What are we saying by adding a memorial to MLK on a site dedicated to Confederate leaders? I don’t mean what are we saying to the past, the past does not care; nor what are we saying to the present – the worst time to “memorialize” something is never while it is hot and heavy. The real question is “What are we saying to future generations?”

    Sadly, I fear this may be more an insult to King than to any Confederate, dead, imaginary, of so thereof. Would King want his words placed here? If so, what words and why? The proposed design, an elevated tower with a replica of the Liberty Bell is apparently meant to evoke the line from King’s marvelous “I have a dream” speech where he said, “Let freedom ring from Stone Mountain Georgia!” A speech given in Washington DC in 1963.

    So, let’s put it all together. We are placing a memorial to a man whose greatness is derived from a rise of social consciousness in the 1960’s on a small battlefield from a war that was fought in the 1860’s, reused by a disgusting hate group in the 1910’s using iconography from a rebellion fought in the 1780’s. Too add to this tableau, the proposed replica will be smaller than the carving of Lee’s head. More importantly, we are excluding the most important aspect of King’s speech – not the mention of Stone Mountain, but the beautiful words that precede it – “With this faith we will be able to hew out of the mountain of despair a stone of hope. With this faith we will be able to transform the genuine discords of our nation into a beautiful symphony of brotherhood.”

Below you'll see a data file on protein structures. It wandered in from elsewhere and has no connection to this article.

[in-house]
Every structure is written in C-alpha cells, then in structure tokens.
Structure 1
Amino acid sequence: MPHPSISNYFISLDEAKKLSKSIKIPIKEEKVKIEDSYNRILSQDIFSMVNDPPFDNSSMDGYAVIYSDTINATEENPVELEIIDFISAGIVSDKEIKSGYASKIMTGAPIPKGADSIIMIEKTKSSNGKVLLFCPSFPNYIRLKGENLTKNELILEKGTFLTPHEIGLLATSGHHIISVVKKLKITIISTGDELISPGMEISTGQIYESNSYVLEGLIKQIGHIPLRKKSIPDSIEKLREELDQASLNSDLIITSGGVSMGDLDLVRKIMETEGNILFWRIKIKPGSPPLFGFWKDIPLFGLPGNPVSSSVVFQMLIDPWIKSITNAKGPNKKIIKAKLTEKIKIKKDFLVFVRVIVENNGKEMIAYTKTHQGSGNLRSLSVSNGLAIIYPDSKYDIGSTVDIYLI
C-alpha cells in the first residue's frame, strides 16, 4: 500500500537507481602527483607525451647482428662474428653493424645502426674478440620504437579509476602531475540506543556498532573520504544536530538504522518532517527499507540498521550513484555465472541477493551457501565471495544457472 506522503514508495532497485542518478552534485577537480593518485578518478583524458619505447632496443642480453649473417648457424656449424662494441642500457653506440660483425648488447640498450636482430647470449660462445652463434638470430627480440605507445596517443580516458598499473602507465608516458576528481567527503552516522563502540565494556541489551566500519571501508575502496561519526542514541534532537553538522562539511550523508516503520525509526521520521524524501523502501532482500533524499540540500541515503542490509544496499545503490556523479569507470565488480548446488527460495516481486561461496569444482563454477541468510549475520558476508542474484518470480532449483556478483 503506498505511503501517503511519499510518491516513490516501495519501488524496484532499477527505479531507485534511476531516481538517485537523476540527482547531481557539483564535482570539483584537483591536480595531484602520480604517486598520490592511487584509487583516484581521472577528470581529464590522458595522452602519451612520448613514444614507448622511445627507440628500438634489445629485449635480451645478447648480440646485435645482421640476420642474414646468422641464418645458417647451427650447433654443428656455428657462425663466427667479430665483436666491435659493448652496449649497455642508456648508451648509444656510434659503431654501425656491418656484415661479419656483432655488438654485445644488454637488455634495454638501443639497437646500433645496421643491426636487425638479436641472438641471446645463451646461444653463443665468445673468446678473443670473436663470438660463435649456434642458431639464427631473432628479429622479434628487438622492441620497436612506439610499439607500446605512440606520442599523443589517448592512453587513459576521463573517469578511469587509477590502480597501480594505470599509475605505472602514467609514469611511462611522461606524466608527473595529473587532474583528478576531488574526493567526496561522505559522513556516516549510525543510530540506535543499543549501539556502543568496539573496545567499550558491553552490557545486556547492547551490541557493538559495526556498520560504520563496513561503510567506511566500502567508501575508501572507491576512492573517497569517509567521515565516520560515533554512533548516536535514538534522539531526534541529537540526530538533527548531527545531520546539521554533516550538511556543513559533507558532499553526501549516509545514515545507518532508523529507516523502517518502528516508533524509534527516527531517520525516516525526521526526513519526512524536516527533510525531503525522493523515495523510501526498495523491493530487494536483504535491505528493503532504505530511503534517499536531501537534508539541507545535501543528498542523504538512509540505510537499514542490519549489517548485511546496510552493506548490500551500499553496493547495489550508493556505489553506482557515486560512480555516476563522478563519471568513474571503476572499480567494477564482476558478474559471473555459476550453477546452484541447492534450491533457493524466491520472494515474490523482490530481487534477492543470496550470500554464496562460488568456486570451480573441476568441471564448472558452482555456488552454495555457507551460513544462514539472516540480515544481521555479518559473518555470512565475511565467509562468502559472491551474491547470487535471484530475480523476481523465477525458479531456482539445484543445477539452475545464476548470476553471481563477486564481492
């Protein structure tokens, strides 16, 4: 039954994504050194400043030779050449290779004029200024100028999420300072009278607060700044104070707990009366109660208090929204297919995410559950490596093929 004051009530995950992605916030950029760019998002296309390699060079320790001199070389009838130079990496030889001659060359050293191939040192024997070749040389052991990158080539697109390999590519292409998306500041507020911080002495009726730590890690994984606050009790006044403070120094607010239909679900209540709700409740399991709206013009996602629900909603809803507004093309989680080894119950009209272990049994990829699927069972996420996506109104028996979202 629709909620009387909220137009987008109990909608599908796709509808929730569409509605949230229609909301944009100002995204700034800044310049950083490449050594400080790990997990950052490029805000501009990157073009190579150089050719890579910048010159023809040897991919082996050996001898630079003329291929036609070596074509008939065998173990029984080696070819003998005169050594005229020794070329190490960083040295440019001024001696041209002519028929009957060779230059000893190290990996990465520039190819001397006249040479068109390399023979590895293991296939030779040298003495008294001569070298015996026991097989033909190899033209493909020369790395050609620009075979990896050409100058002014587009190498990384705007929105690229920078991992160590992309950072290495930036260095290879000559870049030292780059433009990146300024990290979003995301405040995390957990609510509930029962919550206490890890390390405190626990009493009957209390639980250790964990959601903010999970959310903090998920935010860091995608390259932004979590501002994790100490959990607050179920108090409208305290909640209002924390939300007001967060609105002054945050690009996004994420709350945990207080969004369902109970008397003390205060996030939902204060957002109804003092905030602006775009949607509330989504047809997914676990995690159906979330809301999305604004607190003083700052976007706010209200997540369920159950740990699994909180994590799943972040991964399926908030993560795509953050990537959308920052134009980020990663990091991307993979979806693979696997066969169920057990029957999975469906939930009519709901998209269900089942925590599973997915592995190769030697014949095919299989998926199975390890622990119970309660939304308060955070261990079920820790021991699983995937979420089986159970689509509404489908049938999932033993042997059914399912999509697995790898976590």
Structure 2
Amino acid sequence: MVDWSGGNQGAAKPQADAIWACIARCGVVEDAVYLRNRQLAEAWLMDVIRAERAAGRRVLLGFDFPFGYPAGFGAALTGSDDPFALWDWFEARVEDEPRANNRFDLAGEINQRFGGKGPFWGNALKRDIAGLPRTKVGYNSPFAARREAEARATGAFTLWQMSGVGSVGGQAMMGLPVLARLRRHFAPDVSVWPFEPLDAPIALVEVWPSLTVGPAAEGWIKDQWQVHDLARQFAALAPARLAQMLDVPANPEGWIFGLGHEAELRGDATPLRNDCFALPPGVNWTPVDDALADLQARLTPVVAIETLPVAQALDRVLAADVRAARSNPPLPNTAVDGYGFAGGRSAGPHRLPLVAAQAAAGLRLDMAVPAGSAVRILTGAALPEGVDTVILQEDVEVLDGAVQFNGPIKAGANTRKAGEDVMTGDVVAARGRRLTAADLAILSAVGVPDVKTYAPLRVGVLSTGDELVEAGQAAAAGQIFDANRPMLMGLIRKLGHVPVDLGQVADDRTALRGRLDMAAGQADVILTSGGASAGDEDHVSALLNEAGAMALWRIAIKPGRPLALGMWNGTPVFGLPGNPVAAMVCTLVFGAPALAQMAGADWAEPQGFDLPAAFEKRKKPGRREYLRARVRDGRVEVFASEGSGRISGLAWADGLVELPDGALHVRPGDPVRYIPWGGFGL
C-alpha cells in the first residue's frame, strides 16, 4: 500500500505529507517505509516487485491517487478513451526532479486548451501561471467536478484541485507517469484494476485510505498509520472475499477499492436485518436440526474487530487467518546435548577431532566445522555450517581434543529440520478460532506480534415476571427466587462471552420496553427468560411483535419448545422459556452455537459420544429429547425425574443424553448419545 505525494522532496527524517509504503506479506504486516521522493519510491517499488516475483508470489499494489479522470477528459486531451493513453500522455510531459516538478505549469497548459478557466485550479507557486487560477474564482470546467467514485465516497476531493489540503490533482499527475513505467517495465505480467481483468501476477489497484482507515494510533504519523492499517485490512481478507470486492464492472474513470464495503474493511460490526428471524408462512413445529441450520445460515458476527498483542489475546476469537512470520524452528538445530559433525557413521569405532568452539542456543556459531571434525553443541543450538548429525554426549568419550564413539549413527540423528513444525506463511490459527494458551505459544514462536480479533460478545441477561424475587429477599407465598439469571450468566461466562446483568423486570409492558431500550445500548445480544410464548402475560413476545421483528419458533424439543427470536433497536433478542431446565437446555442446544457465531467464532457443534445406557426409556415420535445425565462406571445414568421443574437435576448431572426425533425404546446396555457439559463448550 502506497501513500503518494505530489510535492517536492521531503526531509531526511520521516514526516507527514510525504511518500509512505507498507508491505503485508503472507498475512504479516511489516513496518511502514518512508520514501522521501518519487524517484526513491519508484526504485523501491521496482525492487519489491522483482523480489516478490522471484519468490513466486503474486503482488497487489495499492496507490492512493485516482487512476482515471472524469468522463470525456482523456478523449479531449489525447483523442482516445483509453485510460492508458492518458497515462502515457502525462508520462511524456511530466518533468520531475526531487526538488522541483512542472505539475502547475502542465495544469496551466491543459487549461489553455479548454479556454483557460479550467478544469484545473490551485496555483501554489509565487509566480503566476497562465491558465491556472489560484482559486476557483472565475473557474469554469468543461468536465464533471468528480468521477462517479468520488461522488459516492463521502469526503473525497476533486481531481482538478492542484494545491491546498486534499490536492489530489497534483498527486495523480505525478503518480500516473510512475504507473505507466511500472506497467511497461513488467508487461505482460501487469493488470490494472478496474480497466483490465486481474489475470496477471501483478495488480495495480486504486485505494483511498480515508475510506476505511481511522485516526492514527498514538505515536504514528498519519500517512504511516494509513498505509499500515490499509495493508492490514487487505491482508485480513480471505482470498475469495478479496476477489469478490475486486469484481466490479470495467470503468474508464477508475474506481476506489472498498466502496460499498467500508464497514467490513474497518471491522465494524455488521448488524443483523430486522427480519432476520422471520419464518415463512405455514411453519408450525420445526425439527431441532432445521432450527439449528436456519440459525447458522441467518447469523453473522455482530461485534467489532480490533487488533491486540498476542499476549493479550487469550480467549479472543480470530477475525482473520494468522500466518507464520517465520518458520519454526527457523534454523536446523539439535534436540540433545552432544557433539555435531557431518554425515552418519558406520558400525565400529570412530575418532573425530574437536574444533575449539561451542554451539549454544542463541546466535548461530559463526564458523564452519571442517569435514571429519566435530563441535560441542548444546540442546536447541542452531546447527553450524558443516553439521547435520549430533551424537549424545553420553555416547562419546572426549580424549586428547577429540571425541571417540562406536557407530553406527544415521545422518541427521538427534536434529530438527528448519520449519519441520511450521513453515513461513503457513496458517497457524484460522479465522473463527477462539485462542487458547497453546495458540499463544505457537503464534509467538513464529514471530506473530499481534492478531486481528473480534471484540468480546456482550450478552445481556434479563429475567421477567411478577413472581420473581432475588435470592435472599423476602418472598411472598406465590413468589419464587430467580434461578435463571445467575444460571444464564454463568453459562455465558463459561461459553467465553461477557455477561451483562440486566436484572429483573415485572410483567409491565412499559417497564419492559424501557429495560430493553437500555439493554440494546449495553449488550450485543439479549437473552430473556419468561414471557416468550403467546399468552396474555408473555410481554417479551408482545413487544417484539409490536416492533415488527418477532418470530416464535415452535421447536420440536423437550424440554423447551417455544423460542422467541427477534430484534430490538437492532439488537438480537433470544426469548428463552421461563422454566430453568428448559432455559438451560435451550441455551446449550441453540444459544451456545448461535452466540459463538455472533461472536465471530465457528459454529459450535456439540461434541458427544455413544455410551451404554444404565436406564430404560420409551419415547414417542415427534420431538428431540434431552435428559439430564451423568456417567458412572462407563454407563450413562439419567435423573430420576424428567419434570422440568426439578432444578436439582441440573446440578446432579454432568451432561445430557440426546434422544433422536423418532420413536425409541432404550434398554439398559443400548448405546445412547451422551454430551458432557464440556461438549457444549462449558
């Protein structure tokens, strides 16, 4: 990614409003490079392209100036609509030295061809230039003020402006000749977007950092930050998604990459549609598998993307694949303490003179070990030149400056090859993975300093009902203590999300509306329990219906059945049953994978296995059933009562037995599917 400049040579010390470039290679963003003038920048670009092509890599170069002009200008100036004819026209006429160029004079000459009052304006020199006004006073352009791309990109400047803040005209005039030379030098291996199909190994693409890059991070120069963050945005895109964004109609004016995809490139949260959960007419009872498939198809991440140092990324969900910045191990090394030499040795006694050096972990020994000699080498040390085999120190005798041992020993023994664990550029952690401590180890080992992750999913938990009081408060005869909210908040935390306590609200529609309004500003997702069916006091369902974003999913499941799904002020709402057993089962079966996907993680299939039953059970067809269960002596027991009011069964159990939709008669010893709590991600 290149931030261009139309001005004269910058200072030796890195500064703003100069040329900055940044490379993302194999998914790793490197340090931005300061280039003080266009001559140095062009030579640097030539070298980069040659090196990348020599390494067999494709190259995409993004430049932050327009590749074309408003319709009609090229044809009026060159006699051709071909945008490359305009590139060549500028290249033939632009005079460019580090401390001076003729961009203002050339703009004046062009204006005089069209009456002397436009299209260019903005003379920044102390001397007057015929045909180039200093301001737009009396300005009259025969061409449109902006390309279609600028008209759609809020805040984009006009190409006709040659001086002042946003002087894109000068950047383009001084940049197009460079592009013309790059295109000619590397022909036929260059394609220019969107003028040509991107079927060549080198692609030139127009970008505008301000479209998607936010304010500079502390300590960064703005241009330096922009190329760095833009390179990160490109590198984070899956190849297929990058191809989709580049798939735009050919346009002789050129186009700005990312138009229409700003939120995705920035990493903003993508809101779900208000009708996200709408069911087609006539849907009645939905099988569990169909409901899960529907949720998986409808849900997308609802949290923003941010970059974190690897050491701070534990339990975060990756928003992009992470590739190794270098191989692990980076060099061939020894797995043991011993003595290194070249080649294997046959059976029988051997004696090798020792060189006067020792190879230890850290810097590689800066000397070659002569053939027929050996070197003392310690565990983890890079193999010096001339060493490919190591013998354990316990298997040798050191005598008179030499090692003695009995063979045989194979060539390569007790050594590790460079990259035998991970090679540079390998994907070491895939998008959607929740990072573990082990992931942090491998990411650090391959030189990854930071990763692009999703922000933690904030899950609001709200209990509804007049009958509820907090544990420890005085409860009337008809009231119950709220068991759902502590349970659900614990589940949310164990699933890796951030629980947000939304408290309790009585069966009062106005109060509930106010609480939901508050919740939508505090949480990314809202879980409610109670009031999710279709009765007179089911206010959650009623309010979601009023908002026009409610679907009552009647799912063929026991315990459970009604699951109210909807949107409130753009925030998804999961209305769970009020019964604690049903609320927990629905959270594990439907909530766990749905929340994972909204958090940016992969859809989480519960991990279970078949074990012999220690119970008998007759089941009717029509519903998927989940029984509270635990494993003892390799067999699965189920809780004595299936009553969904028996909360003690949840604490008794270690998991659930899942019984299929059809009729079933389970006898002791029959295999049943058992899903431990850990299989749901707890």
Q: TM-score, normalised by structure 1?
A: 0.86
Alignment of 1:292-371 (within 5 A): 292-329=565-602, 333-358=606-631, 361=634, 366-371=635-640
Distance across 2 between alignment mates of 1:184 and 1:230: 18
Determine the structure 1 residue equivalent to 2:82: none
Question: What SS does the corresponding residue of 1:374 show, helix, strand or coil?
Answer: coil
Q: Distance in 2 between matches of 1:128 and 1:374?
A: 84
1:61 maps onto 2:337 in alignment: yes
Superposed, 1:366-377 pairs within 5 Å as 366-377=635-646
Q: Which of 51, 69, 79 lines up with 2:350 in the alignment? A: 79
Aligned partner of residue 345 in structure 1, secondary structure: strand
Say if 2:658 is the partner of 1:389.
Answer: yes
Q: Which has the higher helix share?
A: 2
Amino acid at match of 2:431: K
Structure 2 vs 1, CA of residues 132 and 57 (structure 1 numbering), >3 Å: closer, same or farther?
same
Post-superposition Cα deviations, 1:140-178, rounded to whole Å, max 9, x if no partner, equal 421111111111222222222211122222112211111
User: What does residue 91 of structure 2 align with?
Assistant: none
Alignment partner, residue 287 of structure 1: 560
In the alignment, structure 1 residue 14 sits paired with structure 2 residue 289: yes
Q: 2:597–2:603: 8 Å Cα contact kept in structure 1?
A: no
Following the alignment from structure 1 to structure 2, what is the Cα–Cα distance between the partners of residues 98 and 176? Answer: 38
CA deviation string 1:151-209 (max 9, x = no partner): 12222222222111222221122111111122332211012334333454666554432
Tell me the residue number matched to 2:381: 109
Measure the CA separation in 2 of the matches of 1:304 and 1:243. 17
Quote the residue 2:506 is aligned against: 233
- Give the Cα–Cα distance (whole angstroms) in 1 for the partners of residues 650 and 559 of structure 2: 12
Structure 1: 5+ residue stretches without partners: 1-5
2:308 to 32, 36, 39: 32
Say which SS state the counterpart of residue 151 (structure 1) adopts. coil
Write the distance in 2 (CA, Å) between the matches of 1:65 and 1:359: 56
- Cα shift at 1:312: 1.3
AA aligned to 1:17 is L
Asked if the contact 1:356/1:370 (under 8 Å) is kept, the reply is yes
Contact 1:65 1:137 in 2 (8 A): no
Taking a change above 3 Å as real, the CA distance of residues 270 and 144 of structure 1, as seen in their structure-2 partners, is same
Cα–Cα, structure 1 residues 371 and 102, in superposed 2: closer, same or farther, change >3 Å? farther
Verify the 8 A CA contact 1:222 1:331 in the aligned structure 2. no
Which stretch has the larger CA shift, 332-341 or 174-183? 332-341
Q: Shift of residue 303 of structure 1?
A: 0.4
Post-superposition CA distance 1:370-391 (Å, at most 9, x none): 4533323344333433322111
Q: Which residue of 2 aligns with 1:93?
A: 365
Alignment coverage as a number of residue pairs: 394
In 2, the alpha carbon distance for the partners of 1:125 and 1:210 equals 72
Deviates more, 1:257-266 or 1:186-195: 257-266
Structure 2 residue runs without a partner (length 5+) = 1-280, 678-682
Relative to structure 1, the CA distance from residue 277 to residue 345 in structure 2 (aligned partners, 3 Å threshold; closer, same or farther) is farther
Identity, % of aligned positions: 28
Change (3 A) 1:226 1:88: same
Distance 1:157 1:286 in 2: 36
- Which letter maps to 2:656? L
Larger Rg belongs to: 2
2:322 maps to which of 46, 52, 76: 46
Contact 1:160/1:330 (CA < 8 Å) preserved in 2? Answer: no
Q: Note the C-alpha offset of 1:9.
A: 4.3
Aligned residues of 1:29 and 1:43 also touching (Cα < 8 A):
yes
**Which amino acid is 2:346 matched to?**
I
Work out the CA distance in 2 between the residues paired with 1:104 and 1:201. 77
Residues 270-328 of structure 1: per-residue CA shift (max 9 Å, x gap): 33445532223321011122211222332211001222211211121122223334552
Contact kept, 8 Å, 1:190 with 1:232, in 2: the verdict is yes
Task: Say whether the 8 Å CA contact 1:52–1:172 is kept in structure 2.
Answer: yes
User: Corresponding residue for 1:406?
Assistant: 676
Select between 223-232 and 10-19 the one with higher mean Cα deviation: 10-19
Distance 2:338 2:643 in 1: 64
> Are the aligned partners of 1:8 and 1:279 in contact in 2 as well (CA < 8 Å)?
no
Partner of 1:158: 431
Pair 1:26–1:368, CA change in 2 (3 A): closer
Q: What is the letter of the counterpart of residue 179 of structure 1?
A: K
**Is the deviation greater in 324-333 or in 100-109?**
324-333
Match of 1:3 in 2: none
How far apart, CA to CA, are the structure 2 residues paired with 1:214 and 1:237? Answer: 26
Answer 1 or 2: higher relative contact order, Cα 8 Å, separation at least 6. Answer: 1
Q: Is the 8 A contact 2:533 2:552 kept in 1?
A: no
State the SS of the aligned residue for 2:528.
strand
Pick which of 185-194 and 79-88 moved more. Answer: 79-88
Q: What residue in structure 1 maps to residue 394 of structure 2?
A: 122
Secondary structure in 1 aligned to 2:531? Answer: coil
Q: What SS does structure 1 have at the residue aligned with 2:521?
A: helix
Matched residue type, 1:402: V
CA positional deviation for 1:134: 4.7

So I ask again, what are we saying here?

    I think the idea of a museum to Colored Troops of the Civil War is wonderful. I think any effort to add interpretation to the site to explain the connection to the KKK is critical and must be done. But, the conceptually ridiculous idea of poking one group in the eye to earn a contemporary “I told you so!” will only result in confusion, laughter and, sadly, insult in the future.

    • Kevin Levin Oct 14, 2015

      Interesting perspective, Patrick. What differences (if any) do you see between placing a monument to King at Stone Mountain and one to Arthur Ashe on Monument Avenue in Richmond?

      • Mark Snell Oct 14, 2015

        Good question, Kevin. I do agree, however, with Patrick’s thoughtful post. When the Ashe statue was placed on Monument Avenue, I remember being not in favor of it–not for political reasons but for legitimacy/authenticity/historical reasons–I thought it should have been sited near a major Richmond sports complex. I also remember being in favor of a memorial to black Virginians who served in the USCT in place of the Ashe statue. But since I wasn’t a Richmond citizen, what business was it of mine?

  • Patrick Jennings Oct 14, 2015

    Great question Kevin. From the positive side, Arthur Ashe is a hometown-hero to the people of Richmond. As such, Richmond is where his memory belongs. Stone Mountain is not the home of MLK, indeed, I am not sure if he ever went there and if so, what was said at the site (a good thing to research). Still, there is more to this view. Put simply, in tracing the trajectories of remembrance and history, place really does matter. Let’s look as Ashe.